‘Creedmoria’ Movie Review

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Writer/director Alicia Slimmer’s feature film directorial debut, Creedmoria, is a quirky coming of age film filled with weirdly wonderful characters. More akin in tone to a John Waters production than a John Hughes high school film, Creedmoria is a terrific first outing for Slimmer and signals the arrival of a filmmaker to keep an eye on in the coming years.

Slimmer’s characters walk a tightrope littered with clichés and caricatures, yet somehow manage to feel flawed and real. There’s a leather-jacketed bad boy (played by Steve Cavanaugh) who demands his woman refrain from speaking to any other man, a gay teen (played by Ryan Weldon) bullied by some of his peers while fiercely protected by his sister, and a drug-addicted older brother confused about his future. There’s even a creepy boss who treats his employees like crap. And then at the heart of the story there’s this likeable, caring 17-year-old who attempts to rise above her dysfunctional family life.

Creedmoria gets its name from the real Creedmoor Psychiatric Center, with fictional patients wandering only as far as the burger joint where Candy’s employed. Candy (Stef Dawson) is kind to this interesting assortment of troubled individuals, and in fact she’s kind to everyone until she’s pushed to defend either herself or her younger brother. Amid all the film’s bizarre twists and quirkiness, Candy’s sweetness is a constant that makes you care whether she can overcome obstacles and root her on to emerge from her circumstances stronger and more self-assured.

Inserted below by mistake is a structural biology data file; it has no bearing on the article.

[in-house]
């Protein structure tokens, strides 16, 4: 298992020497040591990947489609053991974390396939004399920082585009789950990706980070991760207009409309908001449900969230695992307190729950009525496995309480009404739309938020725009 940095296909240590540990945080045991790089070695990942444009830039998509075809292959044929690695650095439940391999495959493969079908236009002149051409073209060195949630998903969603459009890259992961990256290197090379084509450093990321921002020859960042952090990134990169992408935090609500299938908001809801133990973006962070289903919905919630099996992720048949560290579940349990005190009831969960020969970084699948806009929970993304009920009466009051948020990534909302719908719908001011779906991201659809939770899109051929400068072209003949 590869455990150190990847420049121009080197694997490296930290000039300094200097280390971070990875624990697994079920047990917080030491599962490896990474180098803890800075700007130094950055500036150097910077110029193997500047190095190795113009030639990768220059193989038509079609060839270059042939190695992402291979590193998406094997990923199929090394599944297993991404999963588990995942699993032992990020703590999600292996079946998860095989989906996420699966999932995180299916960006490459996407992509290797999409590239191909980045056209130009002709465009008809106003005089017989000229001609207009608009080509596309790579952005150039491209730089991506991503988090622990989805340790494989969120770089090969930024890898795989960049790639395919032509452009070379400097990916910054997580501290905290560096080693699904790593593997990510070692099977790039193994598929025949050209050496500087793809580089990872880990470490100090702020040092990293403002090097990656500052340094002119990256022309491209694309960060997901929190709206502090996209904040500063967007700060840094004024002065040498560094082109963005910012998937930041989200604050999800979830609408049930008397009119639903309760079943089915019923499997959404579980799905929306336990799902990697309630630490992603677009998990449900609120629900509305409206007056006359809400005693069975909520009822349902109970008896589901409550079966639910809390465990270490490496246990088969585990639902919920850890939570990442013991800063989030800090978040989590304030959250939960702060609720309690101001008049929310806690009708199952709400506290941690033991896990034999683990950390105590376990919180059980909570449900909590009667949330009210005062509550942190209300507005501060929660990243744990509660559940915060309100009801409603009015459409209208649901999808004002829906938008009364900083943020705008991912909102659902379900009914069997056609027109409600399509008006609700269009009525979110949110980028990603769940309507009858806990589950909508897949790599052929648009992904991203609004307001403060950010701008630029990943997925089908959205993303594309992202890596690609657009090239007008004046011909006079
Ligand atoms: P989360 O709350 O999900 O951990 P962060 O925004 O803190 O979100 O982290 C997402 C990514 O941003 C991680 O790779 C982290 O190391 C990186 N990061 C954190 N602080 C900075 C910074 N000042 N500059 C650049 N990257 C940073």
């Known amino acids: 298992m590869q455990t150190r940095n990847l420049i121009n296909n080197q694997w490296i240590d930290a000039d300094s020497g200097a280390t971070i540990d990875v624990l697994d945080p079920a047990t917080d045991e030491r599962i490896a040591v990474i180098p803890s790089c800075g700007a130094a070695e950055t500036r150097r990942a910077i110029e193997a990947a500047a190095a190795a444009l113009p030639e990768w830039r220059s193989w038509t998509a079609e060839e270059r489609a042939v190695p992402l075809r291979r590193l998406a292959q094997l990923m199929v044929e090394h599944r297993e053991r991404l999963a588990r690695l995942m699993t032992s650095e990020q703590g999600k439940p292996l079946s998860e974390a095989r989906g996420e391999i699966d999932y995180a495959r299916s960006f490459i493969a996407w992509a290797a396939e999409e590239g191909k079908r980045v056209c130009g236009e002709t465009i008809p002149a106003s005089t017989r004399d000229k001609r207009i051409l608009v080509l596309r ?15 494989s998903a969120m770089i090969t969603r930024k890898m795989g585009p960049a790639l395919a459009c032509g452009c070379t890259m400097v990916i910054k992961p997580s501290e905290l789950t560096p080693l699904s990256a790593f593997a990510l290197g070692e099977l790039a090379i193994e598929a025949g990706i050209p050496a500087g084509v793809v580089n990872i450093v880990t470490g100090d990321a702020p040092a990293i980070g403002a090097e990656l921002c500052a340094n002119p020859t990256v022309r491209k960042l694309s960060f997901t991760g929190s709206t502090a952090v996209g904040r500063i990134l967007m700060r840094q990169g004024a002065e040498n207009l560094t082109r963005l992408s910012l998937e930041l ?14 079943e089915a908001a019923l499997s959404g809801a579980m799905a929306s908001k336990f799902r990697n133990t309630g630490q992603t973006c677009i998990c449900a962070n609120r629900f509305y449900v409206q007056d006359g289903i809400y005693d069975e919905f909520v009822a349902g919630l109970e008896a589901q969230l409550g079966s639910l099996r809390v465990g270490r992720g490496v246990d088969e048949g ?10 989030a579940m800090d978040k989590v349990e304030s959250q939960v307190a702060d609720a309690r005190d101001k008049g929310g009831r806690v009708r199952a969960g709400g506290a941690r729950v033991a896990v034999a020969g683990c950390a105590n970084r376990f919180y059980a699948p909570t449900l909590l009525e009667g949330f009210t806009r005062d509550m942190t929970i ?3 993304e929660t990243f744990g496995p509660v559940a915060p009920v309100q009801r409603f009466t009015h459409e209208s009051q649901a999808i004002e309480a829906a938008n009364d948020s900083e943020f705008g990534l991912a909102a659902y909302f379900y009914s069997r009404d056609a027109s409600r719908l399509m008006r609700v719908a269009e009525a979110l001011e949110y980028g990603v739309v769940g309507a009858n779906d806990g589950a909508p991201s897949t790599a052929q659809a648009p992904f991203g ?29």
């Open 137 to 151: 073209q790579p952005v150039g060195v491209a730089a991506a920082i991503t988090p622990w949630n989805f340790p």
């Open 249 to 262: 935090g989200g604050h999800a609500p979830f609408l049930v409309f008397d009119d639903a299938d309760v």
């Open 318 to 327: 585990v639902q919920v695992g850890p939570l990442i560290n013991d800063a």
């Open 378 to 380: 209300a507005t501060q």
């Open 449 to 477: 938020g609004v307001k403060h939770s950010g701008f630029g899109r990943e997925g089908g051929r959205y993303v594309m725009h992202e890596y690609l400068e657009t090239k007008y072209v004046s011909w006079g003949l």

Slimmer loaded her feature film debut with so many interesting characters that at times Creedmoria feels a bit rushed to complete storylines. However, Slimmer’s script never fails to give Stef Dawson as Candy something gritty and authentic to latch onto, even in the most over-the-top situations. Candy and her brother make prank calls to 9-1-1 in the film’s first act, and Dawson goes all-in acting out the life-threatening situations Candy’s describing to the cops. She’s also got real chemistry on screen with Steve Cavanaugh. Cavanaugh does a terrific job channeling every leather-clad rebel into a big lusty ball of smoldering sexuality.

Creedmoria’s only negative is its ending which isn’t the payoff either Candy or the audience deserve. Ending aside, Slimmer and her cast have created a coming-of-age tale different from the norm. There’s a vibe, a tone, something nearly indescribable going on in Creedmoria. Slimmer accomplishes the near impossible by making you hungry for more of Candy’s story as the film ends.

GRADE: B

Running Time: 90 minutes

Additional Cast: Ray Abruzzo, Rachel de Benedet, Giuliana Carullo, James Kelley, Arthur Gerunda, and PJ Brown

Distributor: Francisco Productions

Release Date: May 18, 2018

Creedmoria Movie Review

Stef Dawson and Steve Cavanaugh star in ‘Creedmoria.’ (Photo © Creedmoria Productions LLC)




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